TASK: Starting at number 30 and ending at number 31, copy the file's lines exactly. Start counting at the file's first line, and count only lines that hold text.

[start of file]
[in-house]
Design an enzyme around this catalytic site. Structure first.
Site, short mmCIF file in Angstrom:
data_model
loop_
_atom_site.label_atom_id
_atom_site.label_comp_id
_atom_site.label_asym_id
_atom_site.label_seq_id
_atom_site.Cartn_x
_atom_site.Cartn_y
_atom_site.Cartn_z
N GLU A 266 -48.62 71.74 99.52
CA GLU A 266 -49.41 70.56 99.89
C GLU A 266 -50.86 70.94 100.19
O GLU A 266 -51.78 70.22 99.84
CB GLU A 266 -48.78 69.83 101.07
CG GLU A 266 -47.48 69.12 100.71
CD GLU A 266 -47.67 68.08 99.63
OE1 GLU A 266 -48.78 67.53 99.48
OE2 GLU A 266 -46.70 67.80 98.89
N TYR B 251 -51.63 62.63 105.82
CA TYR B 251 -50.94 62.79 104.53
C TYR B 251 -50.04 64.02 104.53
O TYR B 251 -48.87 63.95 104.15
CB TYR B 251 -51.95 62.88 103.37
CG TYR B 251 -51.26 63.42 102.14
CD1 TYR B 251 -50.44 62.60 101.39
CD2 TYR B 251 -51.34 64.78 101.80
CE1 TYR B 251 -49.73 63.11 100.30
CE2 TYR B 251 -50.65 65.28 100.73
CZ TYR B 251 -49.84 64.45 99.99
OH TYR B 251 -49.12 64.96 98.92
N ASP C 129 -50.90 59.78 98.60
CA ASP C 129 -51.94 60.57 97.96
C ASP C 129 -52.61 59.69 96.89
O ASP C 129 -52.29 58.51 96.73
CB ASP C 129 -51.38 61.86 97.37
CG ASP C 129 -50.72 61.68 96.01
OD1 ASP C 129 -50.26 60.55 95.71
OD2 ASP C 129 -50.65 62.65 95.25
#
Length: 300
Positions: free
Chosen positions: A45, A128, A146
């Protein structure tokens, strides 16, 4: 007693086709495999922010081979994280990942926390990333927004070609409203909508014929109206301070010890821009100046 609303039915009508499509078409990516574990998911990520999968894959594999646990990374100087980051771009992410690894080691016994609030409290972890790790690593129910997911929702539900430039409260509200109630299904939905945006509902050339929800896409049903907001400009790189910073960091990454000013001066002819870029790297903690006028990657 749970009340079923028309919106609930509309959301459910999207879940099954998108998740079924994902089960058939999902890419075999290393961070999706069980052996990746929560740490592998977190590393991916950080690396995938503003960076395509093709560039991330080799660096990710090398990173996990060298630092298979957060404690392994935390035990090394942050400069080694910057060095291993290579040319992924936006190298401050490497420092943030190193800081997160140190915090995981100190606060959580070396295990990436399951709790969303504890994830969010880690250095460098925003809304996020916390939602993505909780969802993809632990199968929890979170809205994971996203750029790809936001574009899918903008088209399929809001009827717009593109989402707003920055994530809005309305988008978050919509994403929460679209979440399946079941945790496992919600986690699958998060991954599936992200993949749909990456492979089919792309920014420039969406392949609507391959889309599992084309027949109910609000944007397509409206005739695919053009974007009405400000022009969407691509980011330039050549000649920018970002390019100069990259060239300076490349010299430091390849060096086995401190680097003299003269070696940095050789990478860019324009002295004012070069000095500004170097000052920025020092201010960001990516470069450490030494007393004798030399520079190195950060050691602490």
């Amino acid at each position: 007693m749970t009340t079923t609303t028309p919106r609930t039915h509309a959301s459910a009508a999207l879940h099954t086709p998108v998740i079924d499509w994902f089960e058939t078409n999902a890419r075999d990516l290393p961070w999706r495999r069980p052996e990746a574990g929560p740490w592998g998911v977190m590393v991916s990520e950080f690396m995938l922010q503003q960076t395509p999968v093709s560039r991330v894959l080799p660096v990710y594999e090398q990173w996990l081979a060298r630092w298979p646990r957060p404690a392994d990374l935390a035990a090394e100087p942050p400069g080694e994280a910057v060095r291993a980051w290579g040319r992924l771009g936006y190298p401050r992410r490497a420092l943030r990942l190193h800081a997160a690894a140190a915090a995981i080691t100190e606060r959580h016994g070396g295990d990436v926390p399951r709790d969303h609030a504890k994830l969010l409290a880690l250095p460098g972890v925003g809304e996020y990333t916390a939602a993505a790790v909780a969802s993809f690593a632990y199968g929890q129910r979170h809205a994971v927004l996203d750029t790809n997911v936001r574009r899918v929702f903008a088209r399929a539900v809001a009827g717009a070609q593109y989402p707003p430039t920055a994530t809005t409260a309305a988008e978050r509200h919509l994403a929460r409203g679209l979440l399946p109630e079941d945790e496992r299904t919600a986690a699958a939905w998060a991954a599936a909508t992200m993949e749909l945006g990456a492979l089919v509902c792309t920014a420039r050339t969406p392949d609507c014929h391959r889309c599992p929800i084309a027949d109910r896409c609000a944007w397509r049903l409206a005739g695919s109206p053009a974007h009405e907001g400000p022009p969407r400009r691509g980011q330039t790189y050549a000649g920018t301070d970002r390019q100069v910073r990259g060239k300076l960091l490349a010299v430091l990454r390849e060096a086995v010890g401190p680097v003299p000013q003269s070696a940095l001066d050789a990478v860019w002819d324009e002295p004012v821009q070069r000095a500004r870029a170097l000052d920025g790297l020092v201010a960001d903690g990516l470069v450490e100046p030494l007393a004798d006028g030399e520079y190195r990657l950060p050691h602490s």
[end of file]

CE1 TYR B 251 -49.73 63.11 100.30
CE2 TYR B 251 -50.65 65.28 100.73